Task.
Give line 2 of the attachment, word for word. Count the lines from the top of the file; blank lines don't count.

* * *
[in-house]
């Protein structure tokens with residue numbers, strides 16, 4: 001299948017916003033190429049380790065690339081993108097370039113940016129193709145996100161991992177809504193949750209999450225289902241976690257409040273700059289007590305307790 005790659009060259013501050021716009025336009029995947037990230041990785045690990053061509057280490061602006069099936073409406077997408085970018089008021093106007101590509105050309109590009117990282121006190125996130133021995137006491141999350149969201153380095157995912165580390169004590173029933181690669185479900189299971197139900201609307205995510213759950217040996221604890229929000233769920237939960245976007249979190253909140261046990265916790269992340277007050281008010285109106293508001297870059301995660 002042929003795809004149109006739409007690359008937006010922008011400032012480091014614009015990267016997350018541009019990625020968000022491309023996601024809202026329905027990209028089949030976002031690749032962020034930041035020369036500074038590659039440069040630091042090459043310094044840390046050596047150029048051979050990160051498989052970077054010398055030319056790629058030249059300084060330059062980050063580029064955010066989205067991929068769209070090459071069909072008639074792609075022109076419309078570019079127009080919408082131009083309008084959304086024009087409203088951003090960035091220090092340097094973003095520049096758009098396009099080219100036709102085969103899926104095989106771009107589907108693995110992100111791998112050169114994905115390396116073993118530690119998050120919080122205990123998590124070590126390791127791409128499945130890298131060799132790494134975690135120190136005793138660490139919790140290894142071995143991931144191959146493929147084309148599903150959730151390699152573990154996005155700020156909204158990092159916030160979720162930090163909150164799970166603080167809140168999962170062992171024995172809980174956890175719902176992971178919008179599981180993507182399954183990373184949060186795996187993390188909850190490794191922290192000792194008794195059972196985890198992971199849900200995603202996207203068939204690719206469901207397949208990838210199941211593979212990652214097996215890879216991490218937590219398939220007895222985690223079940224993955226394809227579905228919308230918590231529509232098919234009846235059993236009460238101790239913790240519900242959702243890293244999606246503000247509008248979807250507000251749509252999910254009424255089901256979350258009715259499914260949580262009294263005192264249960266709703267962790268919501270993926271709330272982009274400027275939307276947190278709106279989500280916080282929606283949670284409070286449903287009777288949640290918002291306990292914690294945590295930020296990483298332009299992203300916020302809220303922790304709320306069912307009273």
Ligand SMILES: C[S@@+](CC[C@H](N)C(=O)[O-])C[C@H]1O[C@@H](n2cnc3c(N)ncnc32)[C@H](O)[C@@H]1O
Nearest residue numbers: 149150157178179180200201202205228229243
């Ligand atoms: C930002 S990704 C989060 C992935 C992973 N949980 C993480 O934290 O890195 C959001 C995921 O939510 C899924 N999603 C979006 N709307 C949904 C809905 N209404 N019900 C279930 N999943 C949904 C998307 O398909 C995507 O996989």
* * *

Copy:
């Protein structure tokens with residue numbers, strides 16, 4: 001299948017916003033190429049380790065690339081993108097370039113940016129193709145996100161991992177809504193949750209999450225289902241976690257409040273700059289007590305307790 005790659009060259013501050021716009025336009029995947037990230041990785045690990053061509057280490061602006069099936073409406077997408085970018089008021093106007101590509105050309109590009117990282121006190125996130133021995137006491141999350149969201153380095157995912165580390169004590173029933181690669185479900189299971197139900201609307205995510213759950217040996221604890229929000233769920237939960245976007249979190253909140261046990265916790269992340277007050281008010285109106293508001297870059301995660 002042929003795809004149109006739409007690359008937006010922008011400032012480091014614009015990267016997350018541009019990625020968000022491309023996601024809202026329905027990209028089949030976002031690749032962020034930041035020369036500074038590659039440069040630091042090459043310094044840390046050596047150029048051979050990160051498989052970077054010398055030319056790629058030249059300084060330059062980050063580029064955010066989205067991929068769209070090459071069909072008639074792609075022109076419309078570019079127009080919408082131009083309008084959304086024009087409203088951003090960035091220090092340097094973003095520049096758009098396009099080219100036709102085969103899926104095989106771009107589907108693995110992100111791998112050169114994905115390396116073993118530690119998050120919080122205990123998590124070590126390791127791409128499945130890298131060799132790494134975690135120190136005793138660490139919790140290894142071995143991931144191959146493929147084309148599903150959730151390699152573990154996005155700020156909204158990092159916030160979720162930090163909150164799970166603080167809140168999962170062992171024995172809980174956890175719902176992971178919008179599981180993507182399954183990373184949060186795996187993390188909850190490794191922290192000792194008794195059972196985890198992971199849900200995603202996207203068939204690719206469901207397949208990838210199941211593979212990652214097996215890879216991490218937590219398939220007895222985690223079940224993955226394809227579905228919308230918590231529509232098919234009846235059993236009460238101790239913790240519900242959702243890293244999606246503000247509008248979807250507000251749509252999910254009424255089901256979350258009715259499914260949580262009294263005192264249960266709703267962790268919501270993926271709330272982009274400027275939307276947190278709106279989500280916080282929606283949670284409070286449903287009777288949640290918002291306990292914690294945590295930020296990483298332009299992203300916020302809220303922790304709320306069912307009273």